Read Our Review from The Shoals Sound

Doc Dailey Can Flat Out Sing

Tuesday, Oct 12
By Julian Barnett

To Shoals area music fans that have been paying attention to our local music scene for the last few years, this is old news. Without question, though, this statement warrants repeating for those among you who have been drifting along, unaware…

Discerning ears won’t have to wade far into the definitively southern, hauntingly melodic, lyrically brooding waters of Victims, Enemies and Old Friends to appreciate the craftsmanship displayed at each and every turn of this fantastic local effort. Aurally embodying the Tennessee River itself with a depth, pacing and consistency that’s not often seen in these parts, Doc Daily and Magnolia Devil appear poised to dive headfirst into a sea of increased notoriety and greater critical acclaim.

Victims is a watercolor portrait painted with a steady hand, composed of overlapping hues of medium blues and shades of gray. Sonically, its range lies somewhere between Appalachian exuberance, traditional country excellence, and unapologetic southern rock. However, it will most certainly not be mistaken as commercial country, nor will it be for traditional Kentucky bluegrass. Great storytelling, good old-fashioned whimsy and an effective pop sensibility may often fight for prominence among Victims’ 14 tracks, but never at the expense of the album’s overall musical appeal and charm.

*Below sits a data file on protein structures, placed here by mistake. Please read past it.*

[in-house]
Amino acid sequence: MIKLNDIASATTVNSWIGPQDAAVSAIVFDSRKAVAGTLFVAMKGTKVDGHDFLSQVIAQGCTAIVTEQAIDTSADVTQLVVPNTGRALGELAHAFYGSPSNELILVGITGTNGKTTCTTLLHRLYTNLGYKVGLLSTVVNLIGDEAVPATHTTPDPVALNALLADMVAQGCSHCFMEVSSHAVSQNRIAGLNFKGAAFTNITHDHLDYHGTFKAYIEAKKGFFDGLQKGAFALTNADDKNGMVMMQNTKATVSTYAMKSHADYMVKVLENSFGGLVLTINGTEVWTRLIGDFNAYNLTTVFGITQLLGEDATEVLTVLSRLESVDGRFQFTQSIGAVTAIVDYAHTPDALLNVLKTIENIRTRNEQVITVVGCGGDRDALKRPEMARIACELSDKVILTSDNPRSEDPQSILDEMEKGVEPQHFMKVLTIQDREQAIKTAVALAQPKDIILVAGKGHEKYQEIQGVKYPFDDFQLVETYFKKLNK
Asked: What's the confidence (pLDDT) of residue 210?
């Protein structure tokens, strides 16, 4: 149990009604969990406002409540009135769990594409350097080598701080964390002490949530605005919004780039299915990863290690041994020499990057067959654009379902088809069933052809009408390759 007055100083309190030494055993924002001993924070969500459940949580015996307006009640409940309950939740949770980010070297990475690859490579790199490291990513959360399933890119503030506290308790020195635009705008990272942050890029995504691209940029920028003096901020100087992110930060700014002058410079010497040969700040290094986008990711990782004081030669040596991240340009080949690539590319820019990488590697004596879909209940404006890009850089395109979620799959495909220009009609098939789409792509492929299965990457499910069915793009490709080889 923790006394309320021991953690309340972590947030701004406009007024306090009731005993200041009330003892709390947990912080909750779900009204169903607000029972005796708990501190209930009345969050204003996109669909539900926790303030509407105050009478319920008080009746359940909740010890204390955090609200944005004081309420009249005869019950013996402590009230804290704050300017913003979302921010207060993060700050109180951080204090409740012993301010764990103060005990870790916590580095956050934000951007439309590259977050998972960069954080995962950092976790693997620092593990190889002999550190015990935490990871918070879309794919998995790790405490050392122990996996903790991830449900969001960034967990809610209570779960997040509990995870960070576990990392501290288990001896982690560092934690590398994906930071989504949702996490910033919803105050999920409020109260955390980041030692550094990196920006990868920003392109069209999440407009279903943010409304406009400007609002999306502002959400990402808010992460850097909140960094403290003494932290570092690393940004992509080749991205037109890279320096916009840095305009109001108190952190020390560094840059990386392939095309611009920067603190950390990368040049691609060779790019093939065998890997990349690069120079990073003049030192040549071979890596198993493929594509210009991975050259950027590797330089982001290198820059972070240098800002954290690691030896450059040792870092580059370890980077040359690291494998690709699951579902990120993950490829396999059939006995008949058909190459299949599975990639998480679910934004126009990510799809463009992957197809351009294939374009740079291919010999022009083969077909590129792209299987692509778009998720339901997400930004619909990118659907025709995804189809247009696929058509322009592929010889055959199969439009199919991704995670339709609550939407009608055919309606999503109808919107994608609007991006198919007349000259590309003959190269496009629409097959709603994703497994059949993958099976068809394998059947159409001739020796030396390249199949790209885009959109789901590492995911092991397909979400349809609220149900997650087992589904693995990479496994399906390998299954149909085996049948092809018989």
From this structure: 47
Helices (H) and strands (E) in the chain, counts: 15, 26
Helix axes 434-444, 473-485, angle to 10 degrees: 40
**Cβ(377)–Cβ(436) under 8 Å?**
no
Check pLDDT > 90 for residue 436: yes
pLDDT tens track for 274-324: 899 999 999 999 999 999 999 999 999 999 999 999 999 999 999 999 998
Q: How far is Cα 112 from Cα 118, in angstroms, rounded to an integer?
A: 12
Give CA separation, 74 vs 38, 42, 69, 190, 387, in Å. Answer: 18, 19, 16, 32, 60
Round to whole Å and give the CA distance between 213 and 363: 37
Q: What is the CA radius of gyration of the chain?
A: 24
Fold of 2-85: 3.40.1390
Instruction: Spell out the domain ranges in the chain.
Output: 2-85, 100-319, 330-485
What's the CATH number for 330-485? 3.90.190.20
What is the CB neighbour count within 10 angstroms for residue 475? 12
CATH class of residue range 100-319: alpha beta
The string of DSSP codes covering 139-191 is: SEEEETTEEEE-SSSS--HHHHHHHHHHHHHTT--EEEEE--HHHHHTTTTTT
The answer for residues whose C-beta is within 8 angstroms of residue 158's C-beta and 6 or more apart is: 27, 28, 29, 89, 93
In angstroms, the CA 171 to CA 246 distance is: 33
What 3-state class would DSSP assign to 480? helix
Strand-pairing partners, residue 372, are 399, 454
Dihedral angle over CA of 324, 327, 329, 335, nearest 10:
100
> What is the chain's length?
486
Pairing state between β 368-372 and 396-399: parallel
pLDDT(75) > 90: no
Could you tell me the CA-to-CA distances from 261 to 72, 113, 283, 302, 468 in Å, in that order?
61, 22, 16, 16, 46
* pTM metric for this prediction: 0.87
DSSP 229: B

Right from the guitar strumming, mandolin picking beginning of the album’s opening track ‘Prove Me Wrong’, Victims sets its hooks into indie music lovers, folk music aficionados and country music fans alike. Even at a scant minute and fifty-four seconds, the first song of this record seems to perfectly convey an overriding theme for all else that follows; the content here is hopeful, yet introspective, with an undercurrent of melancholy thrown in for the sake of levity.

When the driving rhythm of ‘The Only Reason That I Know’ subsided, I must admit that I was initially taken aback by the slower-paced tandem of ‘Seven Points’ and ‘Pray for You’. Upon repeated play-through of the album, though, it seems clear that the band (and/or production team) knew exactly what they were doing – both songs fit perfectly into the overarching concept spanning this release, and things pick back up nicely with the high-energy ‘Sunday School’.

This trick is repeated throughout; when the handclapping intro of ‘She’s Gonna Love Me’ rolls around, you will be, as I was, completely and utterly captivated – convinced that, at least for the rest of this release, that this band can do no wrong.

With Victims, Enemies and Old Friends, Doc Daily and Magnola Devil just might have made a deal with Old Scratch himself in order to produce a work so well-rounded and so complete.

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